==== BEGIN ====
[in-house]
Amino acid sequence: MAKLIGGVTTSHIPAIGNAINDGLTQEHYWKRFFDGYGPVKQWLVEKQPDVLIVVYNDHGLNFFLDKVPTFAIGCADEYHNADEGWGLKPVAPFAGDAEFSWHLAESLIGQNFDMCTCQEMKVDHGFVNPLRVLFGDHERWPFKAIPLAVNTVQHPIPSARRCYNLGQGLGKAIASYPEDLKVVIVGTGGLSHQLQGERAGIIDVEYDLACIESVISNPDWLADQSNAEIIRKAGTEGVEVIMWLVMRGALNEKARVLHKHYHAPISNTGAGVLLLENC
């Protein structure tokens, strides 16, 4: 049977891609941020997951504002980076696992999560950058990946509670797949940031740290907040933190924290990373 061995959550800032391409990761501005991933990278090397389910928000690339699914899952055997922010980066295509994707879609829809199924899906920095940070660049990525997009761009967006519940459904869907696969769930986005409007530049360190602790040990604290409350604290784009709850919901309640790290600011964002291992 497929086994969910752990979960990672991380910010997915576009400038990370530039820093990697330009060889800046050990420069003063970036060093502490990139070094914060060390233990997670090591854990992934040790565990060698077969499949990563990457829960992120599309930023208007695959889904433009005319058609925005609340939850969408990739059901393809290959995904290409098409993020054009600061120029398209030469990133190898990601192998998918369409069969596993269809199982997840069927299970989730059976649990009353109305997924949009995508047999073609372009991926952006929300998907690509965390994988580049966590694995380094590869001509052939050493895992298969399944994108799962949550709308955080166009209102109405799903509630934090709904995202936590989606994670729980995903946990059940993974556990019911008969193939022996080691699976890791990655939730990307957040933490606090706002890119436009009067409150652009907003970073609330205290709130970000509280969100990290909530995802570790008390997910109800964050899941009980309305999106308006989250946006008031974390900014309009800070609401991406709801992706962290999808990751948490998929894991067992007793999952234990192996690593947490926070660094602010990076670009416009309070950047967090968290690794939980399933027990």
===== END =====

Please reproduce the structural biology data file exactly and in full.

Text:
[in-house]
Amino acid sequence: MAKLIGGVTTSHIPAIGNAINDGLTQEHYWKRFFDGYGPVKQWLVEKQPDVLIVVYNDHGLNFFLDKVPTFAIGCADEYHNADEGWGLKPVAPFAGDAEFSWHLAESLIGQNFDMCTCQEMKVDHGFVNPLRVLFGDHERWPFKAIPLAVNTVQHPIPSARRCYNLGQGLGKAIASYPEDLKVVIVGTGGLSHQLQGERAGIIDVEYDLACIESVISNPDWLADQSNAEIIRKAGTEGVEVIMWLVMRGALNEKARVLHKHYHAPISNTGAGVLLLENC
């Protein structure tokens, strides 16, 4: 049977891609941020997951504002980076696992999560950058990946509670797949940031740290907040933190924290990373 061995959550800032391409990761501005991933990278090397389910928000690339699914899952055997922010980066295509994707879609829809199924899906920095940070660049990525997009761009967006519940459904869907696969769930986005409007530049360190602790040990604290409350604290784009709850919901309640790290600011964002291992 497929086994969910752990979960990672991380910010997915576009400038990370530039820093990697330009060889800046050990420069003063970036060093502490990139070094914060060390233990997670090591854990992934040790565990060698077969499949990563990457829960992120599309930023208007695959889904433009005319058609925005609340939850969408990739059901393809290959995904290409098409993020054009600061120029398209030469990133190898990601192998998918369409069969596993269809199982997840069927299970989730059976649990009353109305997924949009995508047999073609372009991926952006929300998907690509965390994988580049966590694995380094590869001509052939050493895992298969399944994108799962949550709308955080166009209102109405799903509630934090709904995202936590989606994670729980995903946990059940993974556990019911008969193939022996080691699976890791990655939730990307957040933490606090706002890119436009009067409150652009907003970073609330205290709130970000509280969100990290909530995802570790008390997910109800964050899941009980309305999106308006989250946006008031974390900014309009800070609401991406709801992706962290999808990751948490998929894991067992007793999952234990192996690593947490926070660094602010990076670009416009309070950047967090968290690794939980399933027990």